Deep science: CSIRO scientist Melissa Quigley with a massive sulfide chimney collected from the seafloor during Neptune Resources' Kermadec-05 expedition at the Brothers Seamount north of New Zealand in December 2005.
CSIRO reports on seafloor mining
The environmental, economic, regulatory and social issues raised as a result of the mining industry’s increasing interest in extracting rich deposits of minerals from Australia’s seafloor are discussed in a new report launched today in Sydney by the Director of CSIRO’s Wealth from Oceans National Research Flagship, Dr Kate Wilson.
Dr Wilson says record world demand for minerals now means the seafloor around Australia is increasingly being seen as a new frontier.
“Two offshore mining operations are already working in Australian waters and there are 31 pending offshore exploration, mining, and retention licences in both state/territory and Commonwealth waters,” she says.
"Building detailed scientific knowledge about the impacts of this activity is essential to any development of Australia’s seafloor minerals sector to ensure social and economic wealth while maintaining environmental integrity."
Director of CSIRO’s Wealth from Oceans National Research Flagship, Dr Kate Wilson
“But does this nascent industry have a social license to operate? Does it have the support of the wider community and, if not, why not? The Flagship’s report looks closely at these questions.”
The report identifies a particular concern with the levels of uncertainty about the environmental impacts of seafloor activity.
“Perceptions of risks are heightened when the risks are unknown,” Dr Wilson says. “Building detailed scientific knowledge about the impacts of this activity is essential to any development of Australia’s seafloor minerals sector to ensure social and economic wealth while maintaining environmental integrity.”
Titled: Exploring the social dimensions of an expansion to the seafloor exploration and mining industry in Australia, the report recommends the creation of an improved information base, enhanced communication between stakeholders, and an improved understanding of the policy and legislative process.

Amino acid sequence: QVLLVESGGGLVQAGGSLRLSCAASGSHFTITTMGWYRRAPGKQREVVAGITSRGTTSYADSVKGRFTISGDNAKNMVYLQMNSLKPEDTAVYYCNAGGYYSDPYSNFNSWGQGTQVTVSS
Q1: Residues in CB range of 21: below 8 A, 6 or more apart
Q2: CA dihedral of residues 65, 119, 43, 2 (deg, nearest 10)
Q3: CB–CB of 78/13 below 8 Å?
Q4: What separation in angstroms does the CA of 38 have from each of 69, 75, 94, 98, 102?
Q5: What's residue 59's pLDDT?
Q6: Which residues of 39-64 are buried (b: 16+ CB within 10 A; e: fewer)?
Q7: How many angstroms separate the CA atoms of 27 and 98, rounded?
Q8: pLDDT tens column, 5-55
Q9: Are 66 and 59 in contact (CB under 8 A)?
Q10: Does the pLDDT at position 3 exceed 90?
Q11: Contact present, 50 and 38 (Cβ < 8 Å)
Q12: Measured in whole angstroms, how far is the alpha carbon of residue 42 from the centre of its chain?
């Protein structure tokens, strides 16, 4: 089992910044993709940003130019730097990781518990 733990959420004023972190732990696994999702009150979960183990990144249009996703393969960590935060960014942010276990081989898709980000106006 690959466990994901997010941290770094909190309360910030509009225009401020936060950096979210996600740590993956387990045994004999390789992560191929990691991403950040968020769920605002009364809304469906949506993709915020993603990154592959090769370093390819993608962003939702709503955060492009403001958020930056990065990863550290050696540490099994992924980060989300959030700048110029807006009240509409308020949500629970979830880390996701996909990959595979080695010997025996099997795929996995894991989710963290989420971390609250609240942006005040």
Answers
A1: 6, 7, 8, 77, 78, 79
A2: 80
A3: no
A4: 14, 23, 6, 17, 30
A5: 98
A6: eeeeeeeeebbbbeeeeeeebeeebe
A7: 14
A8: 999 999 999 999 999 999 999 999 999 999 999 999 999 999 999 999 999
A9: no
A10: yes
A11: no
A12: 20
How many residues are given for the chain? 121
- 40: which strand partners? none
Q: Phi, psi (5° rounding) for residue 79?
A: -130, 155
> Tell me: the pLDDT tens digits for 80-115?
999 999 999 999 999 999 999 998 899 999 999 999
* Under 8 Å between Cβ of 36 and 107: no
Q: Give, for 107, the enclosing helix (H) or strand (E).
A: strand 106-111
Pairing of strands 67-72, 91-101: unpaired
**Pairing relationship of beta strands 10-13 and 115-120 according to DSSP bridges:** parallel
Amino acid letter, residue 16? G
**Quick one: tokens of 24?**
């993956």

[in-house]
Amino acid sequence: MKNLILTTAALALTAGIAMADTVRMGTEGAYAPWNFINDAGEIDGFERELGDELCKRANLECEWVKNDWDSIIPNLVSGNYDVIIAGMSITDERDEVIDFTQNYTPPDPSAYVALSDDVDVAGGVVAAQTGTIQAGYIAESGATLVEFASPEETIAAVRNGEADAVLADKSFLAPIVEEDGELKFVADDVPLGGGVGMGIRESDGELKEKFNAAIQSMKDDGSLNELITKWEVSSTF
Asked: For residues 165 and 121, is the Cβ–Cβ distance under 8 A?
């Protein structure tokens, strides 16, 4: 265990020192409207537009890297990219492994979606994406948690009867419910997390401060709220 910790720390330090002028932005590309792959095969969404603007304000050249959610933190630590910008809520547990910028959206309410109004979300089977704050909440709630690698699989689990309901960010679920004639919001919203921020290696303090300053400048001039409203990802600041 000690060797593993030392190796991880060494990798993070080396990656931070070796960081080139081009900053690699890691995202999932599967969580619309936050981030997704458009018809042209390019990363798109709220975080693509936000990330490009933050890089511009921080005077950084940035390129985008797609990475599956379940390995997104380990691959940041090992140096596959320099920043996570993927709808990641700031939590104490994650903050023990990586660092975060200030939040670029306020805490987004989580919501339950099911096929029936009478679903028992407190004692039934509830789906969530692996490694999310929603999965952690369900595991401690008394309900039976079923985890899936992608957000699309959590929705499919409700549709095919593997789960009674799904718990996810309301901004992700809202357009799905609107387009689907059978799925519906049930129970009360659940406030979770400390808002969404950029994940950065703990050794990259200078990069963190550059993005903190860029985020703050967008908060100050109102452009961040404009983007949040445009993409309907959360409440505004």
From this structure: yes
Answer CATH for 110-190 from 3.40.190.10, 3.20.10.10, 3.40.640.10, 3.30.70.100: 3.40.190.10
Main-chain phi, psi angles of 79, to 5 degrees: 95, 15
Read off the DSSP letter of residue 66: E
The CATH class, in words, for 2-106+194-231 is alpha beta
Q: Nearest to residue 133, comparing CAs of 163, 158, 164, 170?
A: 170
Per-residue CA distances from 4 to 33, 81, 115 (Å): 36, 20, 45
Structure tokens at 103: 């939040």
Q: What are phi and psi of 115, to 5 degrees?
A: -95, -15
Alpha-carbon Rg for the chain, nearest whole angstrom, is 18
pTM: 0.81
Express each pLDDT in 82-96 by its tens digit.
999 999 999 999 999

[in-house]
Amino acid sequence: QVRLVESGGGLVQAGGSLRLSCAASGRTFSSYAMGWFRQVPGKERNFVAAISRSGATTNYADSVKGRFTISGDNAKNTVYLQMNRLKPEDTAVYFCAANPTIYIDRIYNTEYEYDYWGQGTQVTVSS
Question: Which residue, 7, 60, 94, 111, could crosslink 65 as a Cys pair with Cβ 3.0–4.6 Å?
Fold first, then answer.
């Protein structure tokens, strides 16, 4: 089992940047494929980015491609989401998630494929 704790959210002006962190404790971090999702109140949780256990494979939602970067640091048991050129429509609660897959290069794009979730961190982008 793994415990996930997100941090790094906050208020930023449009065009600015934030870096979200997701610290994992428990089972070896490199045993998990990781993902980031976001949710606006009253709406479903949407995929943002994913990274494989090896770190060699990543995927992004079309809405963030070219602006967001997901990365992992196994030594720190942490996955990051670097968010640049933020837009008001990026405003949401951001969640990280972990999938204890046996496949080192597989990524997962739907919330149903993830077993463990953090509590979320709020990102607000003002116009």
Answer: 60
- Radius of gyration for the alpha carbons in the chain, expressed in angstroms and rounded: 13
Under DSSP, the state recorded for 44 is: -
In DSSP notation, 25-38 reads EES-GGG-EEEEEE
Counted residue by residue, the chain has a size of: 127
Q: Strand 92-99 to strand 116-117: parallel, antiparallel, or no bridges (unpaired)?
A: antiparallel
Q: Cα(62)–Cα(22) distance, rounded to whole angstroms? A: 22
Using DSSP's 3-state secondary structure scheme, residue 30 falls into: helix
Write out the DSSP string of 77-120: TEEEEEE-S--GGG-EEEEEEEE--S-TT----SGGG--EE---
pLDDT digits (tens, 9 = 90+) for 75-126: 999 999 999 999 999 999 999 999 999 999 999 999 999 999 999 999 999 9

According to the project leader, CSIRO’s Dr Joanna Parr, the message from industry, the scientific community, governments and the social sector is clear: “This is an exciting and challenging field. All parties realise that much work would be needed to build a socially, environmentally and economically acceptable foundation on which to develop seafloor exploration and mining operations in Australia.”
The Marine Campaign Coordinator of one of the organisations represented on the project’s advisory committee, the Australian Conservation Foundation, Chris Smyth, says knowledge and capacity building, community engagement and institutional and legislative reform are essential if Australia is to adequately protect its oceans and ensure their ecologically sustainable use. “If our governments fail to deliver on these, then the future of Australia’s oceans is grim,” he says.
Dr Sam Smith, Environmental Manager of Canadian mining company Nautilus Minerals, which was also represented on the project advisory committee, says the company has adopted a cautious scientific approach to its seafloor mining operations. “We have supported this process and the subsequent report, and, as always, will continue to proactively address all environmental concerns in a transparent manner,” Dr Smith says.
National Research Flagships
CSIRO initiated the National Research Flagships to provide science-based solutions in response to Australia’s major research challenges and opportunities. The nine Flagships form multidisciplinary teams with industry and the research community to deliver impact and benefits for Australia.
Download the report at: Exploring the social dimensions of the Australian seafloor exploration and mining industry
Download images at: CSIRO reports on seafloor mining
Read more media releases in our Media section.